The brain’s over-eating immune cells may slow the progression of Alzheimer’s disease. This is demonstrated by a currently published study. Nature Aging.
The brain’s own immune cells are called microglia and are found in the central nervous system. They are big eaters that kill any viruses, damaged cells and infectious agents they encounter. It has long been known that microglial cells can be activated in different ways in many neurological diseases such as Alzheimer’s and Parkinson’s diseases. Depending on how they are activated, they can both sustain and slow disease development. Researchers from Lund University and Karolinska Institutet have now shown that a certain type of activation of microglial cells triggers inflammatory protective mechanisms in the immune system:
“Most people probably think that inflammation in the brain is a bad thing and that in case of illness you should block the inflammatory system. But inflammation doesn’t just have to be negative,” says researcher Joana B. Pereira of Lund University and Karolinska. Institute, first author of the study.
One of the proteins found on the surface of microglial cells is TREM2. When an unusual mutation occurs in this protein, the risk of developing Alzheimer’s increases. However, when the protein is activated it may instead be protective. That is, the TREM2 receptor seems to cause the degraded cells in the brain to be triggered by sensing their residual products. When TREM2 was activated in Alzheimer’s patients, the researchers found that there was less accumulation of thread-like structures formed by the protein tau in brain cells.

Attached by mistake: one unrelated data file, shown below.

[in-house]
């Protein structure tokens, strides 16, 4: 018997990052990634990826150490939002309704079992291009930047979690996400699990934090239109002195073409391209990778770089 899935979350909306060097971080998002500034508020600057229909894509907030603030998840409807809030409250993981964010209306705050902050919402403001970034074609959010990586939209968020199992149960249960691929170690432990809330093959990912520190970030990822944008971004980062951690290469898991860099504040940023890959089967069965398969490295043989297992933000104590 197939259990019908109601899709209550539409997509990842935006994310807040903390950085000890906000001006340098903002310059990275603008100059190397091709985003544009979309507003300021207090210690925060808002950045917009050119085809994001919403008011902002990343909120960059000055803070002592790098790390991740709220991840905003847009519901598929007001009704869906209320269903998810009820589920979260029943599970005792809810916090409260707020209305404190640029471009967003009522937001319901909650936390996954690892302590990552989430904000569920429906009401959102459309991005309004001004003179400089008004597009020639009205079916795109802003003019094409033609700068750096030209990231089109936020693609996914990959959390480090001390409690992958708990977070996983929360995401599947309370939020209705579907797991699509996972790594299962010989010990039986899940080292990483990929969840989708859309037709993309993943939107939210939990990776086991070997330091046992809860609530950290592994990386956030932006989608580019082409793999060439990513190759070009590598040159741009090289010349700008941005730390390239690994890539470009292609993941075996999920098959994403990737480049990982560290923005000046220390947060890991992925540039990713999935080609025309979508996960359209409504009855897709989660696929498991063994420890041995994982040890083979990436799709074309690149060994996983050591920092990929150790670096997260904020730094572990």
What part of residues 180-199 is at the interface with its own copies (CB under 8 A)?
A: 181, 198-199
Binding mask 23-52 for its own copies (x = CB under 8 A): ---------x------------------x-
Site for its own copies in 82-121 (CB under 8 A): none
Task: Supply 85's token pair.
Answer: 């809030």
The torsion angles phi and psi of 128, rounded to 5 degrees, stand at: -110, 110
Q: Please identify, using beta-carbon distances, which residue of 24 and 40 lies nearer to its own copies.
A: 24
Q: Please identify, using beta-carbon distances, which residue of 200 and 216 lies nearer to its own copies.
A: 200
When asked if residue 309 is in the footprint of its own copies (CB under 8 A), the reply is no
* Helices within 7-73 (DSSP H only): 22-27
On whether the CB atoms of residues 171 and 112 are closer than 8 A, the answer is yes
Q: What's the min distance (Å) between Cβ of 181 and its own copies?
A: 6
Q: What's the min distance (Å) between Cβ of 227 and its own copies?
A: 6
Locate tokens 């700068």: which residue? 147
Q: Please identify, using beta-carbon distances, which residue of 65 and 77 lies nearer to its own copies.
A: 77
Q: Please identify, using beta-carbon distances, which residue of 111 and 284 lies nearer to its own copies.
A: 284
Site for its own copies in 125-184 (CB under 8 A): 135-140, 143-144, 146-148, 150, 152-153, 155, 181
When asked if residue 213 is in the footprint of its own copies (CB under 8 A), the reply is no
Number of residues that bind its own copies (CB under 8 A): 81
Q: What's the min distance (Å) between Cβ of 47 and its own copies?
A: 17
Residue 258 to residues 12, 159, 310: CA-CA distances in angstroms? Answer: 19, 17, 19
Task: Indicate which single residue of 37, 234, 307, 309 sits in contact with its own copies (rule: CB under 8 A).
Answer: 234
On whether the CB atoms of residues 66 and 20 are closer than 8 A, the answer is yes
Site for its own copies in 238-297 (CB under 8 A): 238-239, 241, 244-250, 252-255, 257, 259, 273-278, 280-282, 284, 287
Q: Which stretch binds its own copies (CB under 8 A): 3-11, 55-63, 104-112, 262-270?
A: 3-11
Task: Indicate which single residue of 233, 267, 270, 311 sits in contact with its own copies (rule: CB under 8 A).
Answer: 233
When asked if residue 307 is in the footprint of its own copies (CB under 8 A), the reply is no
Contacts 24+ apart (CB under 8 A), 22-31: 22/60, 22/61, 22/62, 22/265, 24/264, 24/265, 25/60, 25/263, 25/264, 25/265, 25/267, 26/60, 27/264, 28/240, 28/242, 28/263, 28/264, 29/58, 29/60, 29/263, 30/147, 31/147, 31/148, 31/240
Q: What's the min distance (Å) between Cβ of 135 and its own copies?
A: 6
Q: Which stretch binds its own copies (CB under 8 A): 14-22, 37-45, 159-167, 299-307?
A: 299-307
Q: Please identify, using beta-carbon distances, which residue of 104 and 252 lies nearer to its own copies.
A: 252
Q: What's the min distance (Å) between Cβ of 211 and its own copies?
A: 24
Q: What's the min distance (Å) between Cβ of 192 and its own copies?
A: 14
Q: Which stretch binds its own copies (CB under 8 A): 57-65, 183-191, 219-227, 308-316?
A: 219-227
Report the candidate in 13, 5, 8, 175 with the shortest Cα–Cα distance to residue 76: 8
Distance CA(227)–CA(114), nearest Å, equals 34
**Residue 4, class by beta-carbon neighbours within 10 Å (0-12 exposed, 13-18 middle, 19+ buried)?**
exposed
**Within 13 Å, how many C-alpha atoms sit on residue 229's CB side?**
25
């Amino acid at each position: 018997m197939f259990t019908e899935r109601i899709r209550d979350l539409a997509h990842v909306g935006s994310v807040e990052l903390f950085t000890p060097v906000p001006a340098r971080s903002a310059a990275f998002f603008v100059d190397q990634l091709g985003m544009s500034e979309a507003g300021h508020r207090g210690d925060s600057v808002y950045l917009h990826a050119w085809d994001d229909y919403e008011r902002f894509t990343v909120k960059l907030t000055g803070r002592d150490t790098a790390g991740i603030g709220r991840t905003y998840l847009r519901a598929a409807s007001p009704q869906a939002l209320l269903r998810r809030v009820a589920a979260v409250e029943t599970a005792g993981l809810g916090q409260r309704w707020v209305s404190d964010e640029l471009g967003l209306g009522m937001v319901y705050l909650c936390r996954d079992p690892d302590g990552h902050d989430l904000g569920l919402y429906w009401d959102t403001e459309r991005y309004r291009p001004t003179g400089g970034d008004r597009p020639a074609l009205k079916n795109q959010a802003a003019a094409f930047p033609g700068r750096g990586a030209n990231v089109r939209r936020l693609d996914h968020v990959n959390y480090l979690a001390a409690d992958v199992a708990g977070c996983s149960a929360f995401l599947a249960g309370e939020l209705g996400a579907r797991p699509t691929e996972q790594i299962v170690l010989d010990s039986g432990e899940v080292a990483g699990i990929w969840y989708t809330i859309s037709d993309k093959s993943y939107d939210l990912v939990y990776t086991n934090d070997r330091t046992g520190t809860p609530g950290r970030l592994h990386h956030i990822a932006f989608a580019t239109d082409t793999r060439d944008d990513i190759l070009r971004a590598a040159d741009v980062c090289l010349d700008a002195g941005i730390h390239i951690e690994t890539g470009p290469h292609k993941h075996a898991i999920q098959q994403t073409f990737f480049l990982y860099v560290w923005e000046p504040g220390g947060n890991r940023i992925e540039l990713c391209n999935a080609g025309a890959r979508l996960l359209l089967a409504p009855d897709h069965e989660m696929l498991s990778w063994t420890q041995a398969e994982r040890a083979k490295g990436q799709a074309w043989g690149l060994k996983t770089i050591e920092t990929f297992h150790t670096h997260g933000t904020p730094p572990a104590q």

“This means that the development of the disease is slower and the deterioration in the patient’s cognitive abilities slows down,” says Oskar Hansson, MD, professor of neurology at Lund University and senior doctor at Skåne University Hospital.
Some animal studies have previously observed that microglial cells can clear abnormalities in the brain by eating tau proteins. Oskar Hansson believes that this may be behind what happened in this human research study. Oskar Hansson also thinks the results of the study are particularly interesting given that several pharmaceutical companies have developed antibodies that can specifically activate TREM2, and he hopes for a future treatment for Alzheimer’s disease.
“Besides trying to find treatments that will reduce beta-amyloid and tau proteins, I see this as a third principle of treatment. Maybe in the future patients can receive a cocktail of drugs that increase proteins as well as reduce beta-amyloid. TREM2 will slow the course of antibodies and thus the disease,” he concludes. Oscar Hansson.
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